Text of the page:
It's hard to imagine the likes of Kate Middleton—jet-setting, glossy-smiled, impeccably-dressed royalty—falling victim to something so decidedly not glamorous: morning sickness. Severe morning sickness, at that. News that the Duchess of Cambridge is expecting broke Monday when she was hospitalized for hyperemesis gravidarum—a term typically used to distinguish between tolerable morning sickness and vomiting so frequent that it impairs a woman's life, says Elizabeth Lyster, an obstetrician-gynecologist at Holtorf Medical Group in Foster City, Calif. Women with this condition are so sick that they can't go to work or manage their normal responsibilities, and they're often hospitalized for dehydration, which requires IV therapy.
Soon-to-be moms who can't hold down fluids, even just sips of water or sports drinks like Gatorade, should call their doctors, Lyster suggests. "Don't get behind the eight ball—don't try to tough it out," she says. "A baby is fine if the mother can't eat food, but the baby won't be fine if mom can't stay hydrated."
Another way to tell if a woman is dehydrated? Monitor how much urine she's producing, says Miriam Erick, a dietitian at Brigham and Women's Hospital in Boston, and author of Managing Morning Sickness: A Survival Guide for Pregnant Women. If she's only urinating once a day, down from, say, six times, she's likely dehydrated.
Even if a woman isn't experiencing hyperemesis gravidarum, plain old morning sickness can still take a toll. While the cause of morning sickness is hazy—hormones play a role, and blood sugar likely drops—we do know that most pregnant women experience nausea to some degree. And according to the National Institutes of Health, about a third will suffer from vomiting.
If your "pregnancy glow" has a greenish hue, or if you're a partner wanting to help, try the following:
Clearly articulate which smells trigger your nausea. It could be food preparation, cologne, or that spring breeze-scented laundry detergent. If scents you hardly noticed before are sending you straight to the bathroom, let your partner and family know, so they don't accidently add to your misery. "Being able to address these triggers gets to be a little tender," Erick says. "Most women don't want to say, 'By the way, you stink' or 'Don't breathe on me.' They have a hard time telling people how to take care of them." But if these triggers aren't acknowledged, the situation can escalate quickly. "If you don't address that, you're part of the problem—not part of the solution," she says. "If those [triggers] aren't removed, then someone is going to be unhappy and nauseous. They're not going to eat or drink, and they're going to lose weight and become dehydrated. It's like a snowball going downhill."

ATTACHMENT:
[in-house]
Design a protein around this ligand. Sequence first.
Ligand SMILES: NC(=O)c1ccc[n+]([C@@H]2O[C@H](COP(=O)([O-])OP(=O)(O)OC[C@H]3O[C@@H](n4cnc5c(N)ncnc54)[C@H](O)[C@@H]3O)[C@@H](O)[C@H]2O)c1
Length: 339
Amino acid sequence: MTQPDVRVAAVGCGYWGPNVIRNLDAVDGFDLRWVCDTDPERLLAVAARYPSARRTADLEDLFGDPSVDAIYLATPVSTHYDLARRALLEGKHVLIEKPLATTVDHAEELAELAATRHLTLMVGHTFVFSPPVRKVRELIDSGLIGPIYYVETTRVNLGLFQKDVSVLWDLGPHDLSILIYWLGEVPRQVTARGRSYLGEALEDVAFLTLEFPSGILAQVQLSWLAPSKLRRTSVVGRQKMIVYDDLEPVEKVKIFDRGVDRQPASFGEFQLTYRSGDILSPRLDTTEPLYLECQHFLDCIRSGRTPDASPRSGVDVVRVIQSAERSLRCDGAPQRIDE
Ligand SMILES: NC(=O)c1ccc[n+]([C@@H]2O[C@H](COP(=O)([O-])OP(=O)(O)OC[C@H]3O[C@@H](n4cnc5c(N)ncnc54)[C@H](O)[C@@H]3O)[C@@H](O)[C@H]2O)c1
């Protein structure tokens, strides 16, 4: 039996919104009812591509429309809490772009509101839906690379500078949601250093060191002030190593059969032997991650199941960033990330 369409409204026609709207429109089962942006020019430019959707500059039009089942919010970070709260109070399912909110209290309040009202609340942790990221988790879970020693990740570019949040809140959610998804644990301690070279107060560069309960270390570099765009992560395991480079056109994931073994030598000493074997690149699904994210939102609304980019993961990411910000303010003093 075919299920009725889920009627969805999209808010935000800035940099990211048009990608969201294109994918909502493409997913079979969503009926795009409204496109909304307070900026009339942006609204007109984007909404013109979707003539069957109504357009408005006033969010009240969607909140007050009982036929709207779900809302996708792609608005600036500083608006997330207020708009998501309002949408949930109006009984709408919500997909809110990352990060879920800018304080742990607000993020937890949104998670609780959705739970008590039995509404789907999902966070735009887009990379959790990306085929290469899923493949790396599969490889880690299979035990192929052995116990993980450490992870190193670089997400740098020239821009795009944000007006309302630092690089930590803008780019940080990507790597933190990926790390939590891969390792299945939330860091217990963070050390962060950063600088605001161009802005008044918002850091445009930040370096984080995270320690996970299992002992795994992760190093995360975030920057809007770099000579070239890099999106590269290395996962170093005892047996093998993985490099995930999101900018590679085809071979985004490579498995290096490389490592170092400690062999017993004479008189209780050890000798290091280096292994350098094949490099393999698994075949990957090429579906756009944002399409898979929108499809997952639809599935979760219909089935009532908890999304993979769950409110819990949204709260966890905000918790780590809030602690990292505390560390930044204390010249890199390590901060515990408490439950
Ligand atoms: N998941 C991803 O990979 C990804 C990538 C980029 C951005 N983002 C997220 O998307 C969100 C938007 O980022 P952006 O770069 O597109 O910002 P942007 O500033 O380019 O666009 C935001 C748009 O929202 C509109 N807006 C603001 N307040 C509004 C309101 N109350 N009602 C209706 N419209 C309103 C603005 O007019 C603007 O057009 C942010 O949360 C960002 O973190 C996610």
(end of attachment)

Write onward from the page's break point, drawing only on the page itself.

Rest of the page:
Partners, be sympathetic to triggers. Ask which scents bother her, and do whatever it takes to keep from exposing her to them. Understand that no one likes to be sick, so the constant nausea—not to mention loads of hormones—will likely affect her mood. "Other people may say, 'Boy, you're being moody and cranky,' but clearly, nobody wants to be unhappy and miserable with nausea," Erick says. "These women can't get away from it for the most part. It's in degrees of badness and ugliness."
Stay hydrated. Sipping on water—and lots of it—is key for replenishing and keeping your future baby healthy. In fact, experts recommend that pregnant women drink 10 cups (2.3 liters) of fluid each day. If you want a little flavor, milk, juices, tea, and soft drinks count toward your fluid intake, as well as sports drinks such as Gatorade, which is packed with electrolytes.
Eat whatever calms your stomach. If that means sucking on candy or mints, go for it, Lyster says. Ginger also helps fight off morning sickness, according to the NIH. Try ginger teas, candies, and sodas. It's also smart to keep crackers and other bland foods like toast and cereal near your bedside, and nibble on something before getting up in the morning.